Fears Brazil will force Vale into new Argentine potash deal
The world's second biggest miner Vale (NYSE:VALE) suspended work on Rio Colorado potash, in the province of Mendoza in Argentina in March, but now former and current presidents of Brazil appear to be working hard at resurrecting the $6 billion-plus project.
Former president Luiz Inácio Lula da Silva, last month visited Mendoza’s governor to see if the venture could be made “viable”. Lula’s visit follows that of current president Dilma Rousseff in April who had also tried to broker a deal given the harsh reaction in Argentina when Vale decided to walk away in January.
Vale – although privatized in 1997 it is still very much exposed to interference from the Brazilian government – has already spent $2.5 billion on the project, which is 40% complete.
FT reports the risk of Brazil pressurizing the Rio de Janeiro-based company into investment decisions has increased since 2011 when independent-minded CEO Roger Agnelli was forced out:
“The risk of government interference has definitely increased since then,” says Ms Pedrosa. Concerns over an upcoming revision of Brazil’s mining code as well as the willingness of current chief executive Murilo Ferreira to back down over government tax demands have helped knock 25 per cent off Vale’s shares this year, says [Catarina Pedrosa from Brazil’s Itaú BBA bank]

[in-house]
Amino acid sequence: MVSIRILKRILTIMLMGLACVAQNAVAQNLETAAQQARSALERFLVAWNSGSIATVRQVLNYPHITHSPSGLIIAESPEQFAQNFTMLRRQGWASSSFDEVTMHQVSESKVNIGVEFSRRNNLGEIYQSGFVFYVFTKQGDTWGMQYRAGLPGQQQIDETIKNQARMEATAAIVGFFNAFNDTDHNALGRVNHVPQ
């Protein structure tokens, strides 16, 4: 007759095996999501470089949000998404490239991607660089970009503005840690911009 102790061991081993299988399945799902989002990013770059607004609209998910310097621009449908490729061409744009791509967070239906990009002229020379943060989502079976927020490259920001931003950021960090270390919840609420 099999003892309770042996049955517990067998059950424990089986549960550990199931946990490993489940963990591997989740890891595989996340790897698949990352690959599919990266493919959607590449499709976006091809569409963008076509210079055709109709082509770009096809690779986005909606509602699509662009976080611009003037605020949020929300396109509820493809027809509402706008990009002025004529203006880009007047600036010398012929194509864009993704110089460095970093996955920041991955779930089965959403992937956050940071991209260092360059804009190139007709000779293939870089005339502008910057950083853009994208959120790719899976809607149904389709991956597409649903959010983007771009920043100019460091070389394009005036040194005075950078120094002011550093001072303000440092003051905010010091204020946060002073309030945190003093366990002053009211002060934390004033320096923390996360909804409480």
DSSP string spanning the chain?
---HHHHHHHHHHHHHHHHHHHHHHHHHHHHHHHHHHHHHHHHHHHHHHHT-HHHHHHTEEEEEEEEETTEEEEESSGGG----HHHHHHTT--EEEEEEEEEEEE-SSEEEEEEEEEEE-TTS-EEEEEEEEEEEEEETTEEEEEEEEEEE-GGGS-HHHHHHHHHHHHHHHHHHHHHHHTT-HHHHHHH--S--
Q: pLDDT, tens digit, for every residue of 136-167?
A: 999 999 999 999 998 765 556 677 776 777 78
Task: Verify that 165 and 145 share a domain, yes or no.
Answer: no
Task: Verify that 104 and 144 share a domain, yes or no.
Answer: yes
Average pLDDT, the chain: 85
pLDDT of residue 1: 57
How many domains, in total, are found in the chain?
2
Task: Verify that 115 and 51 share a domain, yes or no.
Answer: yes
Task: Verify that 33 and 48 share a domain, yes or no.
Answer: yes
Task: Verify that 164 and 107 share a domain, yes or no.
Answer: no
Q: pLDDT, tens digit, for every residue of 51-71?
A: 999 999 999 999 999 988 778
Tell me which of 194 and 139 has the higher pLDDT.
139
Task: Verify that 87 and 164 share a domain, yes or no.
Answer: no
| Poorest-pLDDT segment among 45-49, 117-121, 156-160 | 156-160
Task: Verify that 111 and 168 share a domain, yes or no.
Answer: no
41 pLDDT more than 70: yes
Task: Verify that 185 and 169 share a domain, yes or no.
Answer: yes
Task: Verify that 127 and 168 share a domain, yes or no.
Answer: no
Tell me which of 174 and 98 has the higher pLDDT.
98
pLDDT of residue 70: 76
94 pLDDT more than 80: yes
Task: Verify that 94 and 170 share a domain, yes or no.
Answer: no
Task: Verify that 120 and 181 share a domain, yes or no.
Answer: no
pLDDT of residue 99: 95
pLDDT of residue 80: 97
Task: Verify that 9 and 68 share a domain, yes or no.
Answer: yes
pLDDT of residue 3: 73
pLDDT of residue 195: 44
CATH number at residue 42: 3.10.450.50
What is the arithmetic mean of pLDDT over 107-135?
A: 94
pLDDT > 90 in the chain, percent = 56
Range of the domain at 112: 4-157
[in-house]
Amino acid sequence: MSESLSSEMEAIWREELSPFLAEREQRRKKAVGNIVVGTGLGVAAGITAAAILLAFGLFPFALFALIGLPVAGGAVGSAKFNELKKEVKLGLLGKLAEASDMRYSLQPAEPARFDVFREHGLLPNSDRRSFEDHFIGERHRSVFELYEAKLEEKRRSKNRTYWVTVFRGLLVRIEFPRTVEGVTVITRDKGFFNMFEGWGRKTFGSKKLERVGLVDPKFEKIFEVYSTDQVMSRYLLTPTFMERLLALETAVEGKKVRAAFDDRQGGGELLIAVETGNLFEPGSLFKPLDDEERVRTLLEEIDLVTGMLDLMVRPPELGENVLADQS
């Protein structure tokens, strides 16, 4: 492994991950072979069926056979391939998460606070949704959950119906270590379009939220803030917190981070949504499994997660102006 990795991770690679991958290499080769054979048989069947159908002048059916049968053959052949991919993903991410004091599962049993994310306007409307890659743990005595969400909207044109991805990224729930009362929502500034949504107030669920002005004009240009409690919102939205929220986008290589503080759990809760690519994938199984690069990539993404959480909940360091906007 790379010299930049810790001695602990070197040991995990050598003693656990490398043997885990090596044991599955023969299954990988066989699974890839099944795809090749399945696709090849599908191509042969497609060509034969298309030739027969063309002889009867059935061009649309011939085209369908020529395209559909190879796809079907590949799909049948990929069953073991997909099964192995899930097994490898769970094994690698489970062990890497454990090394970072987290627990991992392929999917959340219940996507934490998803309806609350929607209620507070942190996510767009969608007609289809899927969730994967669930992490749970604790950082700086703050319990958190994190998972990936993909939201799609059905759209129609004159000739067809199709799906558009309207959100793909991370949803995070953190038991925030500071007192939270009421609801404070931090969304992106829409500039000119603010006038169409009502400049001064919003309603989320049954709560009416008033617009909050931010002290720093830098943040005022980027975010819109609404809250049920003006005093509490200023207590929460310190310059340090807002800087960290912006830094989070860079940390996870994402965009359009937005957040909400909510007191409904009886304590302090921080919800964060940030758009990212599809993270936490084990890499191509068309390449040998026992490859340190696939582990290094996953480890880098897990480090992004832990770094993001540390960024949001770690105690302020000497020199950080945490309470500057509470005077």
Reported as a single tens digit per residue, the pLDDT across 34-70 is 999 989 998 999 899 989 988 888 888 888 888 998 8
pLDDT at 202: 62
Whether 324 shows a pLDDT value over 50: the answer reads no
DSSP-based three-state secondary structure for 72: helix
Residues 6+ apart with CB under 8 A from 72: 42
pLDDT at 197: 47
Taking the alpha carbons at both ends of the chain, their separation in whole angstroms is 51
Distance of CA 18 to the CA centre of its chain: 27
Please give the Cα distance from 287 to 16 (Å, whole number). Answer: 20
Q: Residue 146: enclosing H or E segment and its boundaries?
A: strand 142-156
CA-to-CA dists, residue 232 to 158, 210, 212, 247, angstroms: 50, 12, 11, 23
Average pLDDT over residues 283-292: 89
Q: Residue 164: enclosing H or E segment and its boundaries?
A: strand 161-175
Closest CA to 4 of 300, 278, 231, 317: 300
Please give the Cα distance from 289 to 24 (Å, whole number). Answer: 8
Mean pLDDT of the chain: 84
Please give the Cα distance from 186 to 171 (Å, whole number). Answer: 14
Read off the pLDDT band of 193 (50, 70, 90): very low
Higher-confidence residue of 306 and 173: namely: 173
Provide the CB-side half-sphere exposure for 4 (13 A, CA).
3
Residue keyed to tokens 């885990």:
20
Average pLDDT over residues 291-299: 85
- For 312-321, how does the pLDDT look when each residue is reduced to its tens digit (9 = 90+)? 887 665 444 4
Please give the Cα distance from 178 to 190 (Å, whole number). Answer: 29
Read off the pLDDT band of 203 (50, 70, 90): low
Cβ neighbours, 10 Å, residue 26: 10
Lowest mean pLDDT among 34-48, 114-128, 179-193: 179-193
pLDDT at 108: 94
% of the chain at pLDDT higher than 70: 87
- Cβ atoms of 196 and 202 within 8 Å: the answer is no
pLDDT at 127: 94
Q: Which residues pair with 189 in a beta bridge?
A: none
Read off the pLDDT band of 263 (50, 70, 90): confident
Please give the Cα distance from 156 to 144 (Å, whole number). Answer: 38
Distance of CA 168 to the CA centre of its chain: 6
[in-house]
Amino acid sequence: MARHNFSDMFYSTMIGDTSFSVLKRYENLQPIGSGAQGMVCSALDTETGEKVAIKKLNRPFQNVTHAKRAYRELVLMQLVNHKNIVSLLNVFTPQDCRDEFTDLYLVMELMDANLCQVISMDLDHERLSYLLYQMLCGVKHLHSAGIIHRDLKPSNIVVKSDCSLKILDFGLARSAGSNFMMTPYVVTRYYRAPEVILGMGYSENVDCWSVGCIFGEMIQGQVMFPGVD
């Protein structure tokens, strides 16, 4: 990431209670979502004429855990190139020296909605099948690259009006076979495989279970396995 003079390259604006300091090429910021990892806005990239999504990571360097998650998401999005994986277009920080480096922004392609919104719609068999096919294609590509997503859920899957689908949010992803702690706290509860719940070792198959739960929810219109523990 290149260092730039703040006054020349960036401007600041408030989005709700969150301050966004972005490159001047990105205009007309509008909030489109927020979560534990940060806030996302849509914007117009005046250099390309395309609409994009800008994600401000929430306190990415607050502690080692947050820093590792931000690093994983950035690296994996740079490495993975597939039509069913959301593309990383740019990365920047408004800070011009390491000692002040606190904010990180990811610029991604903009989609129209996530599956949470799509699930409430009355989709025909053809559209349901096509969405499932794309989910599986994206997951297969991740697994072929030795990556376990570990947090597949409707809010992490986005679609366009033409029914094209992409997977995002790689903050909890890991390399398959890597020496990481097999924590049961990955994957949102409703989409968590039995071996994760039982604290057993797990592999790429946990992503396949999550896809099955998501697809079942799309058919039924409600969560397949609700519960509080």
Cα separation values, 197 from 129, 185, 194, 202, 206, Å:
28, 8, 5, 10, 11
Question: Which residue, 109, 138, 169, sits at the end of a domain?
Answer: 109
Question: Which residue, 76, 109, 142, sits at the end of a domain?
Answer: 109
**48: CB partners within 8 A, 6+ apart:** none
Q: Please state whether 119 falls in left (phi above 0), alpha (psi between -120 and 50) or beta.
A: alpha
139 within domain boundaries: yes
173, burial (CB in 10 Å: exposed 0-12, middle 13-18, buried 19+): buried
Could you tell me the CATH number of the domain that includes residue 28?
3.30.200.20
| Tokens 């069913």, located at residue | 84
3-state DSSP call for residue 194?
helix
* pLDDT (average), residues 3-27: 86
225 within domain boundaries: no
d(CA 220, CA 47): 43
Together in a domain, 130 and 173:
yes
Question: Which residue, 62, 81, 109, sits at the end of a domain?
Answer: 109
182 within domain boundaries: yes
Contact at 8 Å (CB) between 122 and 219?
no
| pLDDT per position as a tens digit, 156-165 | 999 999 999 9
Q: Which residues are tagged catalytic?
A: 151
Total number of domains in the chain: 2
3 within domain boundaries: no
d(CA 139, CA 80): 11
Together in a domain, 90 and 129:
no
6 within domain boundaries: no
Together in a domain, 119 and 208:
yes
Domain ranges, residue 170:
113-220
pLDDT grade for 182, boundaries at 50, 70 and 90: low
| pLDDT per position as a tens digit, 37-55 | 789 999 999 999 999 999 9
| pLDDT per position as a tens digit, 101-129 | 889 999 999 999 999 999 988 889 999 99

The bitterness in Argentina of the failure of the country’s biggest ever foreign investment was such that the provincial court ordered Vale to stay in the country, keep paying the 4,000 workers on site and "abstain from dismantling installations (and) removing tools, machinery and other work implements" from Rio Colorado or face heavy fines.
A deal has since been struck, but left Vale with a $600 million workers compensation bill. Without huge incentives from the Argentine government to prospective buyers few believe Vale would be able to sell the project. As part of a cost-cutting exercise Vale is also said to be selling its Canadian Kronau potash project, after putting the $3 billion project on hold last August.
Vale acquired Rio Colorado from Anglo-Australian miner Rio Tinto in 2009. The mine was schedule to start operations in 2014 and be productive for over 50 years.
Potash has been trading at around the $400 – $430 a tonne level this year, down from $470 in 2012 and above $500 the year before.